Lunderville worked with Republican governor Jim Douglas in various capacities; then worked for Shumlin on the recovery; and has since also worked with Gov. Phil Scott on the state’s COVID response. Across many years of public service, Lunderville has a long lens from which to view the biggest issues facing Vermont. And for him today, the head of VGS, to be touting the effects of climate change seems surprising.
“When people ask how our state will achieve its clean energy transformation, I find myself thinking of the challenges we’ve faced together. When Tropical Storm Irene struck a decade ago, it took teamwork and ingenuity to clear the rubble and reopen our state,” he wrote. “Through the lens of these disasters, we see a powerful lesson to prevent an even bigger catastrophe. By working arm-in-arm to help neighbors in need, we can achieve real progress and make lasting change for the better.”
This week, President Joe Biden seemed to have his own “aha moment” relative to the state of the nation.
Yesterday, while pledging robust federal help for the Northeastern and Gulf states battered by Hurricane Ida and for Western states beset by wildfires, he sent a similar message: Without change, we can expect more of the same.
“These extreme storms, and the climate crisis, are here,” Biden said in a White House speech. “We must be better prepared. We need to act.”
In turn, the president said he will further press Congress to pass his nearly $1 trillion infrastructure bill to improve roads, bridges, the electric grid and sewer systems. The proposal intends to ensure that the vital networks connecting cities and states and the country as a whole can withstand the flooding, whirlwinds and damage caused by increasingly dangerous weather, according to The Associated Press. Biden also stressed that the challenge transcends the politics of a deeply divided nation because of the threats posed by the storms and fires.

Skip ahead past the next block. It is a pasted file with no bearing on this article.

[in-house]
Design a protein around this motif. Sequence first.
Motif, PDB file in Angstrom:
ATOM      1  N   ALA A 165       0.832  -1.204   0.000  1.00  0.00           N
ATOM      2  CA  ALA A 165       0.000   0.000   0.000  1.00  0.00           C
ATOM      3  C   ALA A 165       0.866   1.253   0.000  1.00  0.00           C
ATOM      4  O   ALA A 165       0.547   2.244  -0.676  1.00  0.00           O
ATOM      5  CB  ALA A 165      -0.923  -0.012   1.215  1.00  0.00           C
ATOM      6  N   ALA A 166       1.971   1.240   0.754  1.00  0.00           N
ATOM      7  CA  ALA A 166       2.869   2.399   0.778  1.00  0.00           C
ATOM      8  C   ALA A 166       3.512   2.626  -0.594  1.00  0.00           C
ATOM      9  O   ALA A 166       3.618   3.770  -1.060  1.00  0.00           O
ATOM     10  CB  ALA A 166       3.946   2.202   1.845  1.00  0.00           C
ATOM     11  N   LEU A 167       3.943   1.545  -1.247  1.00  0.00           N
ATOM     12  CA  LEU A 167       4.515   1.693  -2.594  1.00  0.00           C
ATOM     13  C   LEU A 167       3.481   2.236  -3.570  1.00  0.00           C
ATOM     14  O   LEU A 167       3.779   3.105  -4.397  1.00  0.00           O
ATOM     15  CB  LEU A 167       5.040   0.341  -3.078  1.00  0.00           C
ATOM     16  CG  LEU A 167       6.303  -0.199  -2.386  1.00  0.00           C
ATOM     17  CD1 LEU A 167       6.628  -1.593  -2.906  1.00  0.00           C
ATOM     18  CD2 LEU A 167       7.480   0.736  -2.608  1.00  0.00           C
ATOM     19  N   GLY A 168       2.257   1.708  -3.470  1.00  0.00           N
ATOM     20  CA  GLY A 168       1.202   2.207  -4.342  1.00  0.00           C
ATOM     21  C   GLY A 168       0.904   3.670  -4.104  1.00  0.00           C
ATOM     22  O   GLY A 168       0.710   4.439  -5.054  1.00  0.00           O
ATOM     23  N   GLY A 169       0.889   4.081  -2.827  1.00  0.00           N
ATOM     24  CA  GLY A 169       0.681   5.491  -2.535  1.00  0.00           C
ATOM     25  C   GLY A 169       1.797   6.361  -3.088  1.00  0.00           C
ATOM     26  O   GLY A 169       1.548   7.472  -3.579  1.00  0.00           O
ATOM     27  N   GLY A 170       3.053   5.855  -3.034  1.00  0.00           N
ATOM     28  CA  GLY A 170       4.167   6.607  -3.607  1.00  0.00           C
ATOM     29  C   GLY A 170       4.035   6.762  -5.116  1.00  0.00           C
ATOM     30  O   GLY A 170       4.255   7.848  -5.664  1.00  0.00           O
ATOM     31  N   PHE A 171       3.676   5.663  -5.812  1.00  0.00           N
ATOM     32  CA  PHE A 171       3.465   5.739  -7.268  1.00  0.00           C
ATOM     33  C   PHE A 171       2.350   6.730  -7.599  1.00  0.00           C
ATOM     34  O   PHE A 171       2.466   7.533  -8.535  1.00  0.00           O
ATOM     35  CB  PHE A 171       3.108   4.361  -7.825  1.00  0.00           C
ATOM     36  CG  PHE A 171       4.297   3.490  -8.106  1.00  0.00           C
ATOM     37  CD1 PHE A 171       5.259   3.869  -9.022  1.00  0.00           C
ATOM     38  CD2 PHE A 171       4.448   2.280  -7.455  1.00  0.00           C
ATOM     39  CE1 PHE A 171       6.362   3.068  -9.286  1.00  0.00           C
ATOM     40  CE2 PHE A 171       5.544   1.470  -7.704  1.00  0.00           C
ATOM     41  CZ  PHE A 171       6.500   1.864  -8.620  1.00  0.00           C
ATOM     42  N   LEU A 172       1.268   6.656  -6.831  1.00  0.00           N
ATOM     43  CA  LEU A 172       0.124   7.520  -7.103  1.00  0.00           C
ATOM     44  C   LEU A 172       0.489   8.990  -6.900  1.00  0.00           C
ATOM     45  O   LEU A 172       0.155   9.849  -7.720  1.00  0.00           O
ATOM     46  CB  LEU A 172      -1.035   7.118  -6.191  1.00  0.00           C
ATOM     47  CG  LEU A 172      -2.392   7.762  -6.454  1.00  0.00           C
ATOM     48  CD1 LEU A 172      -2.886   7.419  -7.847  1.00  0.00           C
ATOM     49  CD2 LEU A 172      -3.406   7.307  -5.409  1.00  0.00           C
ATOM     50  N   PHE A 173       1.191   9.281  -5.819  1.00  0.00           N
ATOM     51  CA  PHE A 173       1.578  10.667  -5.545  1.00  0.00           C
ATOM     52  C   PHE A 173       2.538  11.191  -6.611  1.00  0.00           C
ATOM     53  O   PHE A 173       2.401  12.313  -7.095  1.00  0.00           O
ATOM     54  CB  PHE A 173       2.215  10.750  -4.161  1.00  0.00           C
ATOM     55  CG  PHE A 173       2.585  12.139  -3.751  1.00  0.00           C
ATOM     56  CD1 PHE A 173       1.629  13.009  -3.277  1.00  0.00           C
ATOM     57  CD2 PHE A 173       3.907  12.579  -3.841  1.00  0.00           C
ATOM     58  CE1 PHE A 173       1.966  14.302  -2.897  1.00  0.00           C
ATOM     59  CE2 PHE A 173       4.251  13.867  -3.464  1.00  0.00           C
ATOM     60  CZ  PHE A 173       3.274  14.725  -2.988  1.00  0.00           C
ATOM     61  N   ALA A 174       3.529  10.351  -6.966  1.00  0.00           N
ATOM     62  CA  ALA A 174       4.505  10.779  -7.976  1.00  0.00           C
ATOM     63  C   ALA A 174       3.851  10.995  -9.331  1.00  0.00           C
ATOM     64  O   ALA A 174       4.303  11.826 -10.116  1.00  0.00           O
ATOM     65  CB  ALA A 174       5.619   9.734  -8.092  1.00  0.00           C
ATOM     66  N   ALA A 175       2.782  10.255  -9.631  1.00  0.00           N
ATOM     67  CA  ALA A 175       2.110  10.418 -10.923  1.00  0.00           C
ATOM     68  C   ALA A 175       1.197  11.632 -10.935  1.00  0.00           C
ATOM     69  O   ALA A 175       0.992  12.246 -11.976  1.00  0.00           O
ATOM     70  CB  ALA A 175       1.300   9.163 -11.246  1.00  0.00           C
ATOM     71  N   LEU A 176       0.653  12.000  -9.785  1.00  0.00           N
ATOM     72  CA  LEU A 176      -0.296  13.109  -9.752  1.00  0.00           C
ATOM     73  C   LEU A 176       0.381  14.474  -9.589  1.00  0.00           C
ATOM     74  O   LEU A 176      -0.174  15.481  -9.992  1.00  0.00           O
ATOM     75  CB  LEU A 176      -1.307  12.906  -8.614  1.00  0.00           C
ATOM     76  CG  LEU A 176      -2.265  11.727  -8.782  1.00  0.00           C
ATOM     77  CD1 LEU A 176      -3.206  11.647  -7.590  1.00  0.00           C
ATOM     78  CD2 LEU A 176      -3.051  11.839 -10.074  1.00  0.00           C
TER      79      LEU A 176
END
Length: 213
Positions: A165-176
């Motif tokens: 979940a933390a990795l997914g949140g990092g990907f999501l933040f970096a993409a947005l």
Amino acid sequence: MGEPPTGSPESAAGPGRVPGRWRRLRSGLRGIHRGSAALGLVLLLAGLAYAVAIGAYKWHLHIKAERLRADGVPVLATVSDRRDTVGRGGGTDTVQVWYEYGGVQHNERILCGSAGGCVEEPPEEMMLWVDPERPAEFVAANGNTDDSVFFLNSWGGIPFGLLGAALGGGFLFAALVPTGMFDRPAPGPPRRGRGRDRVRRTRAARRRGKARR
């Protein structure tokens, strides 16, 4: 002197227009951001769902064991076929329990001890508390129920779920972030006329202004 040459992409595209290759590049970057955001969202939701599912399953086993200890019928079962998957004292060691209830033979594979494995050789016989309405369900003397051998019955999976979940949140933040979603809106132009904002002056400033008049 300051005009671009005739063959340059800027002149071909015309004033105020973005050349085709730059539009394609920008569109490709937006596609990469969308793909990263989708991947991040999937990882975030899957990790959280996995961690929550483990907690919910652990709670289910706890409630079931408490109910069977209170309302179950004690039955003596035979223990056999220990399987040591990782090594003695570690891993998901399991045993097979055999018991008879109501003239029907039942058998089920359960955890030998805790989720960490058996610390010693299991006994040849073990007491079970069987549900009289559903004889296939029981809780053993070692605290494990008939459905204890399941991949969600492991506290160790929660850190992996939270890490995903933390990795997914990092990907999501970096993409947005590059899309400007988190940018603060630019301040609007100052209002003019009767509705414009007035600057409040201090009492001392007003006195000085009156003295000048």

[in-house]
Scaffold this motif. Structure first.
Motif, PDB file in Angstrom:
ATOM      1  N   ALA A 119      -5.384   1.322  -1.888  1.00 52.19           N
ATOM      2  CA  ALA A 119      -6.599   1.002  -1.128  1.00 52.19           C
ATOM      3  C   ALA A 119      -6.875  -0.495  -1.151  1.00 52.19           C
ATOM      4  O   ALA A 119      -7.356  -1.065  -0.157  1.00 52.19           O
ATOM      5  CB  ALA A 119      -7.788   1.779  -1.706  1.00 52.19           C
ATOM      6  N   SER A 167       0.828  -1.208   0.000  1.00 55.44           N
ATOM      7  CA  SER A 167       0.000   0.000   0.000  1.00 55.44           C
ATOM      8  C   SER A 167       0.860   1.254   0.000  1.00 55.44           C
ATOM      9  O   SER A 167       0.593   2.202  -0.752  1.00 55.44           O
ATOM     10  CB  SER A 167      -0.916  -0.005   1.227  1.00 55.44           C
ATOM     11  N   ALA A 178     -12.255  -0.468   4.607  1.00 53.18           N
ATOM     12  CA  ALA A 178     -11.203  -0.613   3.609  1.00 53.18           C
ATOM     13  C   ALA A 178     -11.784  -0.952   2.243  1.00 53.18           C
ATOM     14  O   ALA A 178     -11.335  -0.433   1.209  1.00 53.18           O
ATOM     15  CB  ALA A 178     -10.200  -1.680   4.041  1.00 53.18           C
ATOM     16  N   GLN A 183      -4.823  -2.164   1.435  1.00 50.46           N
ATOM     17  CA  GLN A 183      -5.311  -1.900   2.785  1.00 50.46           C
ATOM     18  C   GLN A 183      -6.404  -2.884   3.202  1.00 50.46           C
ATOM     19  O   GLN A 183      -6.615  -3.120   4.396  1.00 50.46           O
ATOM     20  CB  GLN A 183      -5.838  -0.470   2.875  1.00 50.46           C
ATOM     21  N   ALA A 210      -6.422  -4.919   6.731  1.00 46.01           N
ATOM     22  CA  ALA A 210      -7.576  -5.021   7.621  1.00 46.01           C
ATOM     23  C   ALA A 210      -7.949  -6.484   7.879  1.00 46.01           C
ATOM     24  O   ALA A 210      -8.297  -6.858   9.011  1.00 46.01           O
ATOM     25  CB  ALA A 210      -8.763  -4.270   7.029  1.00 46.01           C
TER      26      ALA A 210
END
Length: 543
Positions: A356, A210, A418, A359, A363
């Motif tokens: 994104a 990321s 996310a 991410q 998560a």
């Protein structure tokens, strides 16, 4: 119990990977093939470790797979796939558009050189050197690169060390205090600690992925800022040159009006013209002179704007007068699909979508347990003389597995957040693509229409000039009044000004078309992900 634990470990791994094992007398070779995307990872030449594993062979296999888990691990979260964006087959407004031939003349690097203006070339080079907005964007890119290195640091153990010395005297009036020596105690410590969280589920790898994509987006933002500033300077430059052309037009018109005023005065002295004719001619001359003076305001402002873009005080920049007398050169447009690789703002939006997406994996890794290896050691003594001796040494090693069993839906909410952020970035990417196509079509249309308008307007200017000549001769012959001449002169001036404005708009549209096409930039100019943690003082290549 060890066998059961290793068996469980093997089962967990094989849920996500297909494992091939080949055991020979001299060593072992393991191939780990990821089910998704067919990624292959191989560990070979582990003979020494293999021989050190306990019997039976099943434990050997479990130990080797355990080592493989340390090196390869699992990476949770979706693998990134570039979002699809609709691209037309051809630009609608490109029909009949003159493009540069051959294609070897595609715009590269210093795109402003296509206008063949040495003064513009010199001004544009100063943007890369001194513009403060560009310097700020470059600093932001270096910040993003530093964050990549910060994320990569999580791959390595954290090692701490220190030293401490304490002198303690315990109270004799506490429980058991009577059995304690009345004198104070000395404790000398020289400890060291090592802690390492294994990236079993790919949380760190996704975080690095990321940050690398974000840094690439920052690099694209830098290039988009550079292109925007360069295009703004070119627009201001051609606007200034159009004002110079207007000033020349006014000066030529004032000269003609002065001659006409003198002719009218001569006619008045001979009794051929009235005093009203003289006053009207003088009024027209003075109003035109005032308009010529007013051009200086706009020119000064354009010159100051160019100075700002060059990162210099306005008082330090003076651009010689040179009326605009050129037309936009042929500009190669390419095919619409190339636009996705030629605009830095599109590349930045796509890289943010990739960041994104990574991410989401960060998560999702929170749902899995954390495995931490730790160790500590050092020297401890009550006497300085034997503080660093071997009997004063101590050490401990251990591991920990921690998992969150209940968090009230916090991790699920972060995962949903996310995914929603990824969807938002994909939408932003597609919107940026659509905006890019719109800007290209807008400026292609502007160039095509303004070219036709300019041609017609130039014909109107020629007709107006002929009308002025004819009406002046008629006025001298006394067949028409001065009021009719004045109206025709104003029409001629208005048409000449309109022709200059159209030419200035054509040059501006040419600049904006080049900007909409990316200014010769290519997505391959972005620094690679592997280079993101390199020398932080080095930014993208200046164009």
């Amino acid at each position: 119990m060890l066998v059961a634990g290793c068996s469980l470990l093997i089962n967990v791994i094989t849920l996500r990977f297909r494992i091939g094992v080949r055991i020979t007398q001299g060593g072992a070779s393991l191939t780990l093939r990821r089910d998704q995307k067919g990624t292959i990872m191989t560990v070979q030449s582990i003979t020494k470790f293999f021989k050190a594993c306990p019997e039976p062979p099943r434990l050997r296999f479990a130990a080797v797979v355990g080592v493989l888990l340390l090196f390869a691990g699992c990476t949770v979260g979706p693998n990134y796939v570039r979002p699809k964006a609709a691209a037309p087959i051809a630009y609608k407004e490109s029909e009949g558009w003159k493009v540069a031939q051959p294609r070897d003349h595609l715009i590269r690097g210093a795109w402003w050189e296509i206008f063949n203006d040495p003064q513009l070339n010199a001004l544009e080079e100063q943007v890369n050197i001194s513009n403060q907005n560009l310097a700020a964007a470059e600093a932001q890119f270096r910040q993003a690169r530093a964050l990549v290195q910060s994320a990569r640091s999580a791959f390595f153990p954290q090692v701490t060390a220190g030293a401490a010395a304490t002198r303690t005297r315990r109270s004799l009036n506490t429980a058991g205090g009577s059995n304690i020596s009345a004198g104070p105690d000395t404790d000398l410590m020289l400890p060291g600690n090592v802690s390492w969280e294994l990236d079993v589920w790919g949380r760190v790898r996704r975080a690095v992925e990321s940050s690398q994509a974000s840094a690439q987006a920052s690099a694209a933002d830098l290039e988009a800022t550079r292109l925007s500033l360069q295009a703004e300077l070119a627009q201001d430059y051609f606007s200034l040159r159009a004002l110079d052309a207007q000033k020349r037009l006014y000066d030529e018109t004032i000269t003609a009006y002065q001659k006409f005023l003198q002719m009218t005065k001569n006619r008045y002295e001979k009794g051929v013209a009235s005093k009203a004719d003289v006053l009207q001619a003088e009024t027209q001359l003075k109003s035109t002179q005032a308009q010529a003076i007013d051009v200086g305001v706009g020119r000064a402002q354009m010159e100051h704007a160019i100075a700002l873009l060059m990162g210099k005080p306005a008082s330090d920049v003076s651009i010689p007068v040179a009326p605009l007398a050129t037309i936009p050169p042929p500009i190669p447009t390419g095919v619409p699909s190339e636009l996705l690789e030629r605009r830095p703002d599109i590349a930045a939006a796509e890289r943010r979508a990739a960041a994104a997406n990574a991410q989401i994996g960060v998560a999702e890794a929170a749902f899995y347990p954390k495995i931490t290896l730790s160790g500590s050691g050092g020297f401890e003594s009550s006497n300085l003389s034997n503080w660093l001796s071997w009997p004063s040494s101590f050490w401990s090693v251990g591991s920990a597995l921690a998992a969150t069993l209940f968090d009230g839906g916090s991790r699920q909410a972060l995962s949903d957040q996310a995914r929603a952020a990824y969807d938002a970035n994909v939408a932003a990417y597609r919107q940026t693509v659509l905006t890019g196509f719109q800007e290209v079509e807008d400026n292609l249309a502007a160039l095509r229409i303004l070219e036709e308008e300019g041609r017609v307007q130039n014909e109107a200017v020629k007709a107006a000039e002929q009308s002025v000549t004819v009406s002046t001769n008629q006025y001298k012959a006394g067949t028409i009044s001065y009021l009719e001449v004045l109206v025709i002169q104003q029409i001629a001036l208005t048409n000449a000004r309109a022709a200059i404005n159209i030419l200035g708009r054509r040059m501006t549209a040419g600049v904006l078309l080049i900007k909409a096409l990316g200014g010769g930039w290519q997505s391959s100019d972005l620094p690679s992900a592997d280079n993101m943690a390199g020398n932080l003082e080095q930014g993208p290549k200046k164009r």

“It’s a matter of life and death, and we’re all in this together,” the president said.
Scientists say climate change increases the frequency of extreme weather events — such as large tropical storms, and the droughts and heatwaves that create conditions for vast wildfires. U.S. weather officials recently reported that July 2021 was the hottest month ever recorded in 142 years of record-keeping. Ida was the fifth-most powerful storm to strike the U.S. when it hit Louisiana on Sunday with maximum winds of 150 mph, likely causing tens of billions of dollars in flood, wind and other damage, including to the electrical grid, the AP noted.
The lessons are real. Our leaders, past and present, see the effects. Now we must set policy, support policy, and execute policy that, as Shumlin emphasized, lead “to a more livable future.”
Portland Press Herald. September 1, 2021.
Editorial: Maine leading the way on COVID rental relief
Housing challenges remain, here and everywhere else. But unlike residents of other states, Mainers are getting the assistance they need.
Since the start of the pandemic, tens of billions of dollars in federal money has been earmarked for rent relief.